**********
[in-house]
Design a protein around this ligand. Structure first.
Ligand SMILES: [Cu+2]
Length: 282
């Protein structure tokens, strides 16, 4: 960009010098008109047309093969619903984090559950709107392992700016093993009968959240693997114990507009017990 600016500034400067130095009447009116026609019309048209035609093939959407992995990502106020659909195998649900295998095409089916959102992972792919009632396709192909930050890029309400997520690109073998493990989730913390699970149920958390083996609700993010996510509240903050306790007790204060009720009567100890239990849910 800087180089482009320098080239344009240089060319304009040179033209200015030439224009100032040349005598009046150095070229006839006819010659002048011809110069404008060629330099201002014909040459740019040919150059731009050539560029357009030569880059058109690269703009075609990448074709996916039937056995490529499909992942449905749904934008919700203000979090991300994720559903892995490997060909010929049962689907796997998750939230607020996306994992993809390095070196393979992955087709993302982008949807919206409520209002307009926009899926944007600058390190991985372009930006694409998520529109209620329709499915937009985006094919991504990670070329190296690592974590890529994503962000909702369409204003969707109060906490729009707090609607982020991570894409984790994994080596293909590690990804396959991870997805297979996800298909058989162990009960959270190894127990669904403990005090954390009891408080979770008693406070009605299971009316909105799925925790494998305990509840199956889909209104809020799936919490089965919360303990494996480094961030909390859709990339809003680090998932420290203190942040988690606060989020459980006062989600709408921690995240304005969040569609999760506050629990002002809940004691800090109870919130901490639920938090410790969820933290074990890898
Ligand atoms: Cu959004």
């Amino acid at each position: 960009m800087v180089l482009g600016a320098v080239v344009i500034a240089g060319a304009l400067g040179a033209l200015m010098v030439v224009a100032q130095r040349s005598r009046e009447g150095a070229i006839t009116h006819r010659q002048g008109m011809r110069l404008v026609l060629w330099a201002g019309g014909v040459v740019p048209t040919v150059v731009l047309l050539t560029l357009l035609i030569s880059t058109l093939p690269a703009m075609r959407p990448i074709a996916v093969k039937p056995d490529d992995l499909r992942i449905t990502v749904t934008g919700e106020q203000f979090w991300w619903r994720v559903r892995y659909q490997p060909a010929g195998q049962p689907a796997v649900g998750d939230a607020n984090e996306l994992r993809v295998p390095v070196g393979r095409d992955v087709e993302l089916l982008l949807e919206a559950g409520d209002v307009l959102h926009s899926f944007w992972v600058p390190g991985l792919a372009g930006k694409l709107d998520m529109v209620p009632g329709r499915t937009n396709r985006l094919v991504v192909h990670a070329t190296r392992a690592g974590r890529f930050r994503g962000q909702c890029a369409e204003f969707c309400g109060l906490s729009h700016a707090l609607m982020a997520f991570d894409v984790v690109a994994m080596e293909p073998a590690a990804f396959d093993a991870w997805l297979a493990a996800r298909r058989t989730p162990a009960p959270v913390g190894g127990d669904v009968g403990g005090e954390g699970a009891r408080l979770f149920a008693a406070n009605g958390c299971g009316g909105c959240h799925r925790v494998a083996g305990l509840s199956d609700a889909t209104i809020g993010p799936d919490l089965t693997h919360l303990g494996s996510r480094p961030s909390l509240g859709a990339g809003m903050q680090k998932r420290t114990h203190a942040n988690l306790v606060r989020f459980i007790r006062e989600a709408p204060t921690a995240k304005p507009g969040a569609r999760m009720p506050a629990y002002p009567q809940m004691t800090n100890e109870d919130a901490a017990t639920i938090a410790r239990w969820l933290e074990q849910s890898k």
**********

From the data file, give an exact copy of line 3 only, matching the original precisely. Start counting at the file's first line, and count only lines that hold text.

Ligand SMILES: [Cu+2]